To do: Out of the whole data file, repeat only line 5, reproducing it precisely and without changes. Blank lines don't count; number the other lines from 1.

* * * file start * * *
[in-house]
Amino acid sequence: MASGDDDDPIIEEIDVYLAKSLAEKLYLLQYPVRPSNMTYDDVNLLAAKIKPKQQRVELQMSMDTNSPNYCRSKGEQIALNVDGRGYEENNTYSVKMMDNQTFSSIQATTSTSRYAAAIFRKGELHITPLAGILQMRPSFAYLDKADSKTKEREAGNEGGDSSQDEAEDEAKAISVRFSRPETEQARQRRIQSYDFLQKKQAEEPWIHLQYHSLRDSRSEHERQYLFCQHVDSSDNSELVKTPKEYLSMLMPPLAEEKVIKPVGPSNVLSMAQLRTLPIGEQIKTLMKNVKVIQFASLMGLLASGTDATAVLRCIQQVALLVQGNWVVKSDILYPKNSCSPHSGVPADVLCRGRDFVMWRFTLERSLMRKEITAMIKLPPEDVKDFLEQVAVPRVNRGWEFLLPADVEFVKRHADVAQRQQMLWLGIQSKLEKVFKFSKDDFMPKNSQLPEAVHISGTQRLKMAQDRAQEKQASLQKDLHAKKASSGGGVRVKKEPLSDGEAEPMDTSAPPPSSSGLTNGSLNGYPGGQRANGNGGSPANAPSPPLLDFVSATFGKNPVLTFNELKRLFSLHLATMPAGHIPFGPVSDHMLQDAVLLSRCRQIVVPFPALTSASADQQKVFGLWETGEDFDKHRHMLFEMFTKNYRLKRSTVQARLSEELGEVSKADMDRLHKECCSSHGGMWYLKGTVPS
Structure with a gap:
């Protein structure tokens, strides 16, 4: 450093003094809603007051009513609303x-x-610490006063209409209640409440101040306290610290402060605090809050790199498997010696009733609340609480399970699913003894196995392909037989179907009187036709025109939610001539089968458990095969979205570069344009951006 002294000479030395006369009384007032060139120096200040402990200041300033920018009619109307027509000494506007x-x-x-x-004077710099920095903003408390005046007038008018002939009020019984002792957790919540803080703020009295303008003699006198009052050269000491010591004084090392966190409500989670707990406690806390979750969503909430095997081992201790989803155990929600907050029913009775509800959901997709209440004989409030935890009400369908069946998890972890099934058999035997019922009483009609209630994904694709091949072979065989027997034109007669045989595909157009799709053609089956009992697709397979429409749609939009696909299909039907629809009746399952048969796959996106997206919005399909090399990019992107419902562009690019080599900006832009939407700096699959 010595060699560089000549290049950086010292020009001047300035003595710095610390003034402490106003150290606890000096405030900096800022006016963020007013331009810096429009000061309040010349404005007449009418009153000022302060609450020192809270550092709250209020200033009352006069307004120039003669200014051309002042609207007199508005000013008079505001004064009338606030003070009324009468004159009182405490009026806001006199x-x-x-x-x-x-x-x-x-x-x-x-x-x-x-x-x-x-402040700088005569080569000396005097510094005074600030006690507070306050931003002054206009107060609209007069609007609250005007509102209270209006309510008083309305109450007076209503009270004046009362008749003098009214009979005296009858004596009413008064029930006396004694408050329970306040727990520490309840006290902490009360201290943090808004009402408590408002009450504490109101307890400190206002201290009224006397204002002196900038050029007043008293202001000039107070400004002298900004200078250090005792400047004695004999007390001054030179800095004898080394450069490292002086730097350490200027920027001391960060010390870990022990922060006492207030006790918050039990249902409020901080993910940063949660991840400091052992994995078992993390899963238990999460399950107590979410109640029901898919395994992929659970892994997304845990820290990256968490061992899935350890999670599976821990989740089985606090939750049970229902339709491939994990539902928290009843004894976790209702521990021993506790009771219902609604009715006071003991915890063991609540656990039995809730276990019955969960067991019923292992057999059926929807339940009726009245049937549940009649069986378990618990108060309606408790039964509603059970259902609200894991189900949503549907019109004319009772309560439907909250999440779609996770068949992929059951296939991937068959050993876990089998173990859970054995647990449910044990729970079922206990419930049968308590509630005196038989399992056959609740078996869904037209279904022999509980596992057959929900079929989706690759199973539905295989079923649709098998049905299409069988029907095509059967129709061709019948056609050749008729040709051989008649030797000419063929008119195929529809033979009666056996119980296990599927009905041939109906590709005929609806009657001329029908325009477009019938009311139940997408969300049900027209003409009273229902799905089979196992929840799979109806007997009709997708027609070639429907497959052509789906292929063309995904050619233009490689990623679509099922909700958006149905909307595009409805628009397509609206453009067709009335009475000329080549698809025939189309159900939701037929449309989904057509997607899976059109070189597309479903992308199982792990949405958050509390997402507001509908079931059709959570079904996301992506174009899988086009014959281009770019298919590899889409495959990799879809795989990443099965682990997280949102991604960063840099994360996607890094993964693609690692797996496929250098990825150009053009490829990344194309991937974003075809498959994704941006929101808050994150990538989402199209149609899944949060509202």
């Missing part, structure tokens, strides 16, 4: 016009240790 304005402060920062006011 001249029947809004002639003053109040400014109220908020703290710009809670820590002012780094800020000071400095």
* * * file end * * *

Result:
């Missing part, structure tokens, strides 16, 4: 016009240790 304005402060920062006011 001249029947809004002639003053109040400014109220908020703290710009809670820590002012780094800020000071400095």